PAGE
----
In Californication, David Duchovny's character is an essentially well-intentioned writer who repeatedly draws the ire of his daughter and baby momma due to his hedonistic dalliances. But often, there is an accidental component that he gets blamed for because they attribute intentionality to it. For example, sleeping with an underage girl who he didn't know was underage. Second example: circumstantially looking like he slept with someone he didn't sleep with. He also slept with his daughter's boyfriend's mother and didn't know she was his mother. There were probably at least 20 times they were mad at him for doing something he didn't do, didn't realize he was doing, only appeared to be doing, or shouldn't be blamed for.

In My Hero Academia, there is a character named Iida who aggressively corrects a speaker leading an orientation. He immediately seems like a hostile jerk. Over time, it turns out that he is a very type A personality, regimented, rule-abiding class representative.

In Naruto: Shippuden, there is a character called Sai who is completely ignorant towards politeness, social skills, and emotions. He starts off being infuriating, and the other characters actually assault him after he insults them frankly. Gradually, he is taught to understand social conventions and the viewer forgets that he was once a very infuriating character. So my point is, another possibility is to write a character with flaws that are on the precipice of being corrected.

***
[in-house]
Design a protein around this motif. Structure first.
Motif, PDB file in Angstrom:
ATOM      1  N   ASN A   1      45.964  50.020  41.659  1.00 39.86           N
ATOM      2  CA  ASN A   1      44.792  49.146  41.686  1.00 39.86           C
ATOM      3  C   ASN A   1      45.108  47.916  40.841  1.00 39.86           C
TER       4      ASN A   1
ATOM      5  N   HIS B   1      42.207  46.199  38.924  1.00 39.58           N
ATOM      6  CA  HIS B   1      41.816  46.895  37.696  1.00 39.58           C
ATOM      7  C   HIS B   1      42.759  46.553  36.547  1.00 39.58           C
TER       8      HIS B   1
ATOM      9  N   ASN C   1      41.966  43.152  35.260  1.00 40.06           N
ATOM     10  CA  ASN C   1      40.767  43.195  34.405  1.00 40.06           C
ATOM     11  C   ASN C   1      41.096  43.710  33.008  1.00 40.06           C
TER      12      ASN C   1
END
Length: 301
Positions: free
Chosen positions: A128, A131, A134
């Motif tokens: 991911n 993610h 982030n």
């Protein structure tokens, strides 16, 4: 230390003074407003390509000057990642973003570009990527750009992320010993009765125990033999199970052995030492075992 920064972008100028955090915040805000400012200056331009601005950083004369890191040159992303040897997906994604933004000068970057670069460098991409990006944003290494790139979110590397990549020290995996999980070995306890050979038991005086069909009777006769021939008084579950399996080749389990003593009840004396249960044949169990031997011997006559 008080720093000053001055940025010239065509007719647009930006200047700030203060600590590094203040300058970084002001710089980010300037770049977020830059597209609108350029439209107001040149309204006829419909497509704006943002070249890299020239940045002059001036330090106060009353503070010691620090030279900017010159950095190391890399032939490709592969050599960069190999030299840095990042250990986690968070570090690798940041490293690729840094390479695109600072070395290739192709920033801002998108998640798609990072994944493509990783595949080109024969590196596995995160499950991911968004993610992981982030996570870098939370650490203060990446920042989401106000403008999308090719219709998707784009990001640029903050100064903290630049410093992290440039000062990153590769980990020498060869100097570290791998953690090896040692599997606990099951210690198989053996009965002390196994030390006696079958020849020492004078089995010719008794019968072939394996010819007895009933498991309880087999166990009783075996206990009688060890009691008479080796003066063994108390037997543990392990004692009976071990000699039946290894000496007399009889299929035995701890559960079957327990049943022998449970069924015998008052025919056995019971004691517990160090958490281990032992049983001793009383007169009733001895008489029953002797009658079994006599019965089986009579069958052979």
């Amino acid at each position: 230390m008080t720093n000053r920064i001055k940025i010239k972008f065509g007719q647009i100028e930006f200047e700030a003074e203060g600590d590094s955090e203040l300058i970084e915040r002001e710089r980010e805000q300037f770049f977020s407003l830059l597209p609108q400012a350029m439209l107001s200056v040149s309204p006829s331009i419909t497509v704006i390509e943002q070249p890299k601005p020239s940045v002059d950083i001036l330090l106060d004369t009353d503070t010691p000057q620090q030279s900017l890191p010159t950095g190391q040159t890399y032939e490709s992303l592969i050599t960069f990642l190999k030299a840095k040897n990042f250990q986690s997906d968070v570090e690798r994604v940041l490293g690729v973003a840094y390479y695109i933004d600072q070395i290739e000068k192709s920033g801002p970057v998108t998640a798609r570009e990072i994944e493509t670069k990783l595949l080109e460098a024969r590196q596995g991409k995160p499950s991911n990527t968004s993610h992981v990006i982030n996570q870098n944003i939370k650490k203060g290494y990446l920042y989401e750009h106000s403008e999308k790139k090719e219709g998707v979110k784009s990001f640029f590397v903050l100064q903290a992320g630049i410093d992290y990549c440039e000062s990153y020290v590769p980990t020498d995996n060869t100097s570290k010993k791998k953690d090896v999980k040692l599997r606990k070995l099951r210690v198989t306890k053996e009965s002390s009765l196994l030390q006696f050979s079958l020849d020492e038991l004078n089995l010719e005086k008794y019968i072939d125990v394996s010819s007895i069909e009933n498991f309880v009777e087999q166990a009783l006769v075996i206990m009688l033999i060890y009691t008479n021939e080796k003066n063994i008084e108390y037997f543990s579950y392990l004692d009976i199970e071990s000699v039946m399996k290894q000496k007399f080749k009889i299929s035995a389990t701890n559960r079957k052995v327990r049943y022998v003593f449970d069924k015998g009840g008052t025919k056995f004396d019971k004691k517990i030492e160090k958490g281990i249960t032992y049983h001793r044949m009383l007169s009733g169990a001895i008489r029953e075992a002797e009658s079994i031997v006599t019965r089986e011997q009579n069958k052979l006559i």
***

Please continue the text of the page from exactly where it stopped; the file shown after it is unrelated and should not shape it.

At any rate, misunderstandings and highlighting the most extreme, non-representative part of the character's personality seem to be the way to achieve this.

  • I need to watch My Hero Academia... Thanks.
    – Kale Slade
    Commented Nov 6, 2018 at 0:54

In addition to the other answers: Body language and impression by looks can have a huge impact on communication. Especially as it is understood subconsiously by most people.

So the same words of a character that looks very grimm or scary and has the body language of a dominant person will be received different than from a soft looking, relaxed guy. Because for our subconsiousness first impressions are important.

You can combine this for example with speaking few words because of lacking communication skills.

For example lets have an old war veteran: